Guest Contribution Hanni Rosenbaum, BIAC: OECD Due Diligence Guidance on Responsible Supply Chains

Hanni Rosenbaum © BIAC

What does due diligence in international supply chains mean in practice? The OECD is working on guidance to improve clarity for business. But the increasing complexity of supply chains means that companies’ influence has limitations.

The OECD Guidelines for Multinational Enterprises are one of the most important and comprehensive instruments dealing with responsible management in international markets. The fact that governments have agreed to promote them gives them a special status. Every adhering country has a National Contact Point to monitor commitments and progress. The National Contact Point also receives complaints from trade unions and NGOs against companies they believe are not observing the Guidelines in their foreign investments.

Responsibility for the supply chain

The OECD Guidelines, which were revised in 2011, also include recommendations to multinational enterprises with regard to supply chain management. But the Guidelines do not go into detail about how exactly due diligence should be implemented in practice. The OECD is therefore currently working on new guidance.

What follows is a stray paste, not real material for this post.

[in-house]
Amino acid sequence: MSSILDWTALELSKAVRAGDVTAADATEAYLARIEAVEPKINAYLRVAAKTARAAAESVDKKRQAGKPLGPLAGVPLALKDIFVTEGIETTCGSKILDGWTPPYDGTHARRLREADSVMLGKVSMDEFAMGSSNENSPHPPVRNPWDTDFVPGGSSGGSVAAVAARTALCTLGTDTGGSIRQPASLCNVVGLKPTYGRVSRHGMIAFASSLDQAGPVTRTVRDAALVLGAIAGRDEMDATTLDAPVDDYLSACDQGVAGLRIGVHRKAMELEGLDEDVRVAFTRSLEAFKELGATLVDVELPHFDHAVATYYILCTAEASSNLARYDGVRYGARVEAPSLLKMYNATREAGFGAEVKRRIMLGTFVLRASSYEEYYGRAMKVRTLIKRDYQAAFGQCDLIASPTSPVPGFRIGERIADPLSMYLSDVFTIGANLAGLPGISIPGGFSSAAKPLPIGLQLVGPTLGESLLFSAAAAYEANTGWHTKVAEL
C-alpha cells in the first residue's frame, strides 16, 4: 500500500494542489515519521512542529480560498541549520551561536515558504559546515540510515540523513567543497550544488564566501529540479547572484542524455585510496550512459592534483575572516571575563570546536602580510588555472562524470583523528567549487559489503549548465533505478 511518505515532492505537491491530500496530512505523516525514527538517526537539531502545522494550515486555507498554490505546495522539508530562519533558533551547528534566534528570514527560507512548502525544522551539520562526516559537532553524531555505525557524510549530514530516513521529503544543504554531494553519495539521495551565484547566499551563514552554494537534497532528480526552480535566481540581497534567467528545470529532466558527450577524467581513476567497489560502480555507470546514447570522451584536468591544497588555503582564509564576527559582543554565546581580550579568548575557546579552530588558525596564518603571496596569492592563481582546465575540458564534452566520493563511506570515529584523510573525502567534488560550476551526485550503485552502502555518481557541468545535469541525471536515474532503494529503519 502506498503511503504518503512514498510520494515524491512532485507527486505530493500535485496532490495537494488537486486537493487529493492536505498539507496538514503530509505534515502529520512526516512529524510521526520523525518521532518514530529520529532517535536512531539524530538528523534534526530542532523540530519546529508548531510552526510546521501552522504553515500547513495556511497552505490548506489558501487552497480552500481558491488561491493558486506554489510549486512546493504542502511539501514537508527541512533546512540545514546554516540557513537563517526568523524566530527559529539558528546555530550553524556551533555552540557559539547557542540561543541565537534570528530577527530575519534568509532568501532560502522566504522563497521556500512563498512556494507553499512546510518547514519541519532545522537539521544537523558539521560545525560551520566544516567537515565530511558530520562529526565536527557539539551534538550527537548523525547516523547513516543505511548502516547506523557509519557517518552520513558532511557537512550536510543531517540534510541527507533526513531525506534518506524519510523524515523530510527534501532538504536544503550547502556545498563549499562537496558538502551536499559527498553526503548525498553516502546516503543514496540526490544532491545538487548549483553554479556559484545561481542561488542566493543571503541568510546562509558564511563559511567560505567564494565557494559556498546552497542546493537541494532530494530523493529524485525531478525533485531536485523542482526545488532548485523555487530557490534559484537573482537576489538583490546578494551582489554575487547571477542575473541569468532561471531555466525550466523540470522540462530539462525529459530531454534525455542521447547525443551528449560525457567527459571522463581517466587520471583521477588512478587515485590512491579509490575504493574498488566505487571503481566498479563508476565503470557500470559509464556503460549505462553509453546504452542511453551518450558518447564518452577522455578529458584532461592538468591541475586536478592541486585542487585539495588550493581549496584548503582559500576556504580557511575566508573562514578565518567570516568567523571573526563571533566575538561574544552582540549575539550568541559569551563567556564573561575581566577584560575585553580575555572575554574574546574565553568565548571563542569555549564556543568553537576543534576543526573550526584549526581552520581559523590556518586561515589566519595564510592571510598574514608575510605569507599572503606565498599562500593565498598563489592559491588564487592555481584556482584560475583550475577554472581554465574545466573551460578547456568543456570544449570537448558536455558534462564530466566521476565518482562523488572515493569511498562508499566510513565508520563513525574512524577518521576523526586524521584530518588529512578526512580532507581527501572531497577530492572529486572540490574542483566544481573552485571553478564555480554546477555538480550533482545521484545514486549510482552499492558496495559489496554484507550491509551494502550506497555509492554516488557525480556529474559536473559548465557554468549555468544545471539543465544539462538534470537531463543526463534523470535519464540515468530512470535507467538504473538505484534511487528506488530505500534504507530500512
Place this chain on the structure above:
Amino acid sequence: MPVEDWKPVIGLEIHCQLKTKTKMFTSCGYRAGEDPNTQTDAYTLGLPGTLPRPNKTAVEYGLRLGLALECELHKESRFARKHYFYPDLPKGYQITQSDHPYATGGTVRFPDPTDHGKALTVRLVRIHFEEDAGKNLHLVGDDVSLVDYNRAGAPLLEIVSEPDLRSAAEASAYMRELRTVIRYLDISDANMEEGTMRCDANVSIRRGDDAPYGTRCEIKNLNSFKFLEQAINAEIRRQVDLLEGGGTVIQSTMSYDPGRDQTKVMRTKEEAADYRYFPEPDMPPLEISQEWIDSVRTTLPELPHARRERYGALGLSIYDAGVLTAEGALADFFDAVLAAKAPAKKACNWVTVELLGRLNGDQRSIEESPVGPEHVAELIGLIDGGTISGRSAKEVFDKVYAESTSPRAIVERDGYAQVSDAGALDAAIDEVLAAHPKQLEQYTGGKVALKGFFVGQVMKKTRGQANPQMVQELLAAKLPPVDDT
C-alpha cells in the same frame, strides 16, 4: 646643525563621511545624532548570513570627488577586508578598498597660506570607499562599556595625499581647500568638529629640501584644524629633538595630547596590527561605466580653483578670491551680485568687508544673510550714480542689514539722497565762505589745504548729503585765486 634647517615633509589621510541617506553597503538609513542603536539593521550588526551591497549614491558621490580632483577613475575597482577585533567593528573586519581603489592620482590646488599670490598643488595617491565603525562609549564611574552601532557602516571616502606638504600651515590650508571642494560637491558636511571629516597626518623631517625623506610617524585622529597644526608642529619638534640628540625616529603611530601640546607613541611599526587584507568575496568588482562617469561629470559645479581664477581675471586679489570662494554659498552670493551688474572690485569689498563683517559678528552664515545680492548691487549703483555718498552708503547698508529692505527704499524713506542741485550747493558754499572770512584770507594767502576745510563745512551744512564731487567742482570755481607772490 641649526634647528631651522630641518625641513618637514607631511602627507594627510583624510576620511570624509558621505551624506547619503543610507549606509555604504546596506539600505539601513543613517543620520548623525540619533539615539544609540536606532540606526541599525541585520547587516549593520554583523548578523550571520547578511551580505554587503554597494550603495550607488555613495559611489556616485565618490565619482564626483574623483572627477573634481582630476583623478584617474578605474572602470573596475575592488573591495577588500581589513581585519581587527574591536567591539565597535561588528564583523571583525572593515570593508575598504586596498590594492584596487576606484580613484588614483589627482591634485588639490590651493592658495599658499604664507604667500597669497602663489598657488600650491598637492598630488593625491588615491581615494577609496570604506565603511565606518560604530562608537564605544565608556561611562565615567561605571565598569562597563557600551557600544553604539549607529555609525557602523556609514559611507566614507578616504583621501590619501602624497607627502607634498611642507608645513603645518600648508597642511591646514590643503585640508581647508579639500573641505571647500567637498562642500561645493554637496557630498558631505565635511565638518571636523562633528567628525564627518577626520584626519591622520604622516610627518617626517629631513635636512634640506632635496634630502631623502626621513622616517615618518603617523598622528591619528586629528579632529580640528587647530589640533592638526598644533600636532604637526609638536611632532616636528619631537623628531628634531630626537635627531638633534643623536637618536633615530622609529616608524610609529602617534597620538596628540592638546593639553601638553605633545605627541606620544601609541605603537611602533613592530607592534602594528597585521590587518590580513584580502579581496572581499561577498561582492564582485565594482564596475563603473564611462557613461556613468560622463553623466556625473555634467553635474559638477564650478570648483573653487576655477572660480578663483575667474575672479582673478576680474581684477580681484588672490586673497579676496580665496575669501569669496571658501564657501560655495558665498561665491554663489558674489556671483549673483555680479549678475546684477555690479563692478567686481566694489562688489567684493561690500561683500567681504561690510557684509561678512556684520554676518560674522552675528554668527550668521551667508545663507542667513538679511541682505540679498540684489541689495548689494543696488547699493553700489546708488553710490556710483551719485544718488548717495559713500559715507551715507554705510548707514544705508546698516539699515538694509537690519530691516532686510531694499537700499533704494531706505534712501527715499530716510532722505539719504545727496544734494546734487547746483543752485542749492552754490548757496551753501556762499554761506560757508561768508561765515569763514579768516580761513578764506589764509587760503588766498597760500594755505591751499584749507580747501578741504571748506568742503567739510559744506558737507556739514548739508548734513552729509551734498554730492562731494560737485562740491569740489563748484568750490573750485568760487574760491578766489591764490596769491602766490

Draft needs revision

Business underlines that the recommendations should not go further than the OECD Guidelines. It must also be taken into account that companies’ influence is often limited in practice, especially for small and medium-sized enterprises. It is important for business that the new guidance is designed to provide a practical assistance for companies – and not an interpretation of the Guidelines to assist the National Contact Point in handling complaints. BIAC therefore calls for an extensive revision of the first draft and will continue to actively participate in the process.

BIAC is the Paris-based Business and Industry Advisory Committee to the OECD of which BDI is a member. Hanni Rosenbaum is Senior Director of Policy and Strategic Planning at BIAC.